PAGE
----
Cannabinoids: What are they and how do they work?
Cannabis, Marijuana, Weed, there are a multitude of different names and descriptors to apply to this wonderous plant that we all love and use for a variety of purposes ranging from wellness to recreational good times. Even more varied than that are the many types of Cannabinoids that occur within the plant itself, many of which cannabis researchers are only now beginning to understand more about. Cannabinoids are the chemical compounds that provide different effects when consumed.
Cannabinoids? What are they?
Pretty much everyone is familiar with THC (or Delta-9 Tetrahydrocannabinol) the cannabinoid that is responsible for producing the psychotropic effects that a lot of people are looking for. We’ve also noticed more and more people are becoming aware of the many benefits of CBD (also known as Cannabidiol) which has been the subject of a lot of research in terms of its potential medical applications. There are, however, around a hundred different cannabinoids that occur naturally within cannabis and hemp plants, many of which we know virtually nothing about! So, let’s take a bit of a look at some of the cannabinoids that science has discovered and what you can come to expect when consuming strains that contain them. We’ll also briefly explain how cannabinoids give us the effects they do by interacting with our endocannabinoid system.
To discuss cannabinoids and what they do, we first must establish why we have the reactions we do when we consume cannabis. Every human body on the planet has inside of it what’s referred to as an endocannabinoid system, which is also referred to in some medical circles as the body’s “Master System”. The reason it’s referred to as such is because it plays a potentially critical role in our body’s ability to manage functions like appetite, immune system and even things like mood and memory. It is also largely responsible for being the part of our internal system that interacts with cannabinoids and through that interaction, produces the myriad different effects that we then get to experience.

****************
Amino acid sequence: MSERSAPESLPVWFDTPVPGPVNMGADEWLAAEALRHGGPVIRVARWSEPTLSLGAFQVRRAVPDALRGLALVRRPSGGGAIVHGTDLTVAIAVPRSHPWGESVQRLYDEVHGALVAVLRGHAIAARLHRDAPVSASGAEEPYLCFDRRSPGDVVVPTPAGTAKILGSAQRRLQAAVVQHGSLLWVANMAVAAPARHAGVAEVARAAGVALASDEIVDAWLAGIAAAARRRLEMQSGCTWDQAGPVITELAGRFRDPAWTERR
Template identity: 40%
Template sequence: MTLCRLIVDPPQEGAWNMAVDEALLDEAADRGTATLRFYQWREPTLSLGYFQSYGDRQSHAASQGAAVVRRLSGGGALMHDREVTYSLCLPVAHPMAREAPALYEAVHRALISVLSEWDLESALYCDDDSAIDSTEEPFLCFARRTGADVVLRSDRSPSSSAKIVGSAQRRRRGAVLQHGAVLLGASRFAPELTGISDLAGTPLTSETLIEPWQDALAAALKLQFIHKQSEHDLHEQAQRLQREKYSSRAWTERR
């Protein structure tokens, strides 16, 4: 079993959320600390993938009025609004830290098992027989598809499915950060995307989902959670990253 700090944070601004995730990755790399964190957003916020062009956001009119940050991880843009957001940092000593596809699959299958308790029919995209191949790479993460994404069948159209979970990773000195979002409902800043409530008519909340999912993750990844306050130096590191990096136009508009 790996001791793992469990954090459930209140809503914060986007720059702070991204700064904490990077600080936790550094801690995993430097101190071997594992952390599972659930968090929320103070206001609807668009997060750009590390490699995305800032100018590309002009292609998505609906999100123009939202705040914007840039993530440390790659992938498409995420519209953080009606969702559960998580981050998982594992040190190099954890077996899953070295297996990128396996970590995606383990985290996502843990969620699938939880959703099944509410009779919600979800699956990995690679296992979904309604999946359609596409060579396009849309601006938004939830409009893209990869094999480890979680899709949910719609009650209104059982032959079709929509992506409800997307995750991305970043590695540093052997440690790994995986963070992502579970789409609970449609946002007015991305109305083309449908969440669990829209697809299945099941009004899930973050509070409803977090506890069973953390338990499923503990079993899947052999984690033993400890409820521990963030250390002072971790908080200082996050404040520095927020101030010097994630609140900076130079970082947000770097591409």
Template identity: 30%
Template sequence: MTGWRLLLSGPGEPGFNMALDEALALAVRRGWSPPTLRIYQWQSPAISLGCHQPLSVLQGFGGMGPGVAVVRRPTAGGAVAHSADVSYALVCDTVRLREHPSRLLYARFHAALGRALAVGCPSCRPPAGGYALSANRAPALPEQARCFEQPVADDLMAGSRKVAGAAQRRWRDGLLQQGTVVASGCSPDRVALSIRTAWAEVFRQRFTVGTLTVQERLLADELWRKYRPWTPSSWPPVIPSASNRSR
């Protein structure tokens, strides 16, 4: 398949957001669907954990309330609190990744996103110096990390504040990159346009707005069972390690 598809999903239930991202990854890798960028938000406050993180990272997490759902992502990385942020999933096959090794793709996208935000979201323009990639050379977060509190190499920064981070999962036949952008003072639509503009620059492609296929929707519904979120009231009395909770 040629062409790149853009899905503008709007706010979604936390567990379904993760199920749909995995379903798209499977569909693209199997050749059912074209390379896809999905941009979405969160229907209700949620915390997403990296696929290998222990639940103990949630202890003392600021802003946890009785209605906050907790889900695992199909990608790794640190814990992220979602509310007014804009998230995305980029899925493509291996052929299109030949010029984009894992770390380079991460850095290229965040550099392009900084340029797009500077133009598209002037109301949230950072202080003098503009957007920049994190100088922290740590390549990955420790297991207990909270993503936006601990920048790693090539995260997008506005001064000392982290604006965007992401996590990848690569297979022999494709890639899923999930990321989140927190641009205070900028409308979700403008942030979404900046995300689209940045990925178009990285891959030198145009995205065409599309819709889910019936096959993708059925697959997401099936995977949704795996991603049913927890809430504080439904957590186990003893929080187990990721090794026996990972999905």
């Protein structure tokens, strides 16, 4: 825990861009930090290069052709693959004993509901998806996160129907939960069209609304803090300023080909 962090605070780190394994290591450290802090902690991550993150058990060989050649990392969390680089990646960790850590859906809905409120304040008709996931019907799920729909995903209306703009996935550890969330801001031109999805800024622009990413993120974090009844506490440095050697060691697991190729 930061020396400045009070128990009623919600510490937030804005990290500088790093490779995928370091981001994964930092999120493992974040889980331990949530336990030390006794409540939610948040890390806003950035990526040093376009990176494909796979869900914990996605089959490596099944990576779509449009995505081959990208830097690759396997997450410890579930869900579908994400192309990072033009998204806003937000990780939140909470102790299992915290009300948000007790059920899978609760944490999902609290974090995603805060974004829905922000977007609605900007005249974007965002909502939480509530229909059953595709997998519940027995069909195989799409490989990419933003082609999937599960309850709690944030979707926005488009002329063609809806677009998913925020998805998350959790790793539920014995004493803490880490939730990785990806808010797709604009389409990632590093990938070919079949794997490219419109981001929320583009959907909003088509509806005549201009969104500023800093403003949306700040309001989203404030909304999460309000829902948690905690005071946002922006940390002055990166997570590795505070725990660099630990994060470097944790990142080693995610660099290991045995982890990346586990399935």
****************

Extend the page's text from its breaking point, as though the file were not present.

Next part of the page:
The endocannabinoid system has what are called receptors, which act as a bonding system for allowing our bodies to interact with cannabinoids the way that they do. CB1 and CB2 receptors are the two most common receptors but there are literally hundreds of them throughout our body, with CB1 and CB2 receptors existing in our brains and nervous systems. Research into the endocannabinoid system is still in its relative infancy, so we won’t know exactly how important it is to our overall mental and physical well-being, but early indicators seem to show that it’s a vitally important component to our bodies ability to self-regulate its functions across the board.
So about those cannabinoids..
As mentioned above, the two most talked about cannabinoids are THC and CBD. These are the two chemical compounds that helped to give cannabis the attention it deserves, with THC providing a variety of psychotropic effects ranging from stimulated euphoria to tranquil introspection. CBD is beloved for its potential as an anti-inflammatory, anti-depressant, and pain management treatment method. Another benefit of CBD that we as cannabis consumers have noticed for years but is only now being scientifically identified is CBD’s ability to “cushion the blow” of THC. Which is just a fancy way of saying that it’ll help make sure that the psychotropic high that you experience with THC doesn’t get the better of you and your experience will be as enjoyable as possible.